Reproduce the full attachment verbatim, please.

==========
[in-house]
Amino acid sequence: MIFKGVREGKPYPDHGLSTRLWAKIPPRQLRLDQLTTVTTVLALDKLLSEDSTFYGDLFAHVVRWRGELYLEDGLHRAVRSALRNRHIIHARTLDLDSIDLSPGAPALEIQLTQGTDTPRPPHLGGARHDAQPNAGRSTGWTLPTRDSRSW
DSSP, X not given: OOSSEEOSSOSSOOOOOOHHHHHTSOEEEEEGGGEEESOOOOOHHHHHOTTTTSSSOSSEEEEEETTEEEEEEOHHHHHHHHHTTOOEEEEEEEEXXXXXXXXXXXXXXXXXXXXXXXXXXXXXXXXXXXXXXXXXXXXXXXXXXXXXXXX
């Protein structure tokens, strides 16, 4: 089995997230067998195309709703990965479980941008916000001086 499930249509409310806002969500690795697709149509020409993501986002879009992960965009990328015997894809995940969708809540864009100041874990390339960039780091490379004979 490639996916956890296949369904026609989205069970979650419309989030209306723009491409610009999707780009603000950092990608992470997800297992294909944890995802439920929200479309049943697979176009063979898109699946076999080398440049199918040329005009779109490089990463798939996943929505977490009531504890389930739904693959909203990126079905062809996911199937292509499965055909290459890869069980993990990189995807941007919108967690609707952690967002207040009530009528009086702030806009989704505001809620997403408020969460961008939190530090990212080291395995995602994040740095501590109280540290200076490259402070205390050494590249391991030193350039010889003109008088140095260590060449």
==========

[in-house]
Amino acid sequence: MIFKGVREGKPYPDHGLSTRLWAKIPPRQLRLDQLTTVTTVLALDKLLSEDSTFYGDLFAHVVRWRGELYLEDGLHRAVRSALRNRHIIHARTLDLDSIDLSPGAPALEIQLTQGTDTPRPPHLGGARHDAQPNAGRSTGWTLPTRDSRSW
DSSP, X not given: OOSSEEOSSOSSOOOOOOHHHHHTSOEEEEEGGGEEESOOOOOHHHHHOTTTTSSSOSSEEEEEETTEEEEEEOHHHHHHHHHTTOOEEEEEEEEXXXXXXXXXXXXXXXXXXXXXXXXXXXXXXXXXXXXXXXXXXXXXXXXXXXXXXXX
């Protein structure tokens, strides 16, 4: 089995997230067998195309709703990965479980941008916000001086 499930249509409310806002969500690795697709149509020409993501986002879009992960965009990328015997894809995940969708809540864009100041874990390339960039780091490379004979 490639996916956890296949369904026609989205069970979650419309989030209306723009491409610009999707780009603000950092990608992470997800297992294909944890995802439920929200479309049943697979176009063979898109699946076999080398440049199918040329005009779109490089990463798939996943929505977490009531504890389930739904693959909203990126079905062809996911199937292509499965055909290459890869069980993990990189995807941007919108967690609707952690967002207040009530009528009086702030806009989704505001809620997403408020969460961008939190530090990212080291395995995602994040740095501590109280540290200076490259402070205390050494590249391991030193350039010889003109008088140095260590060449």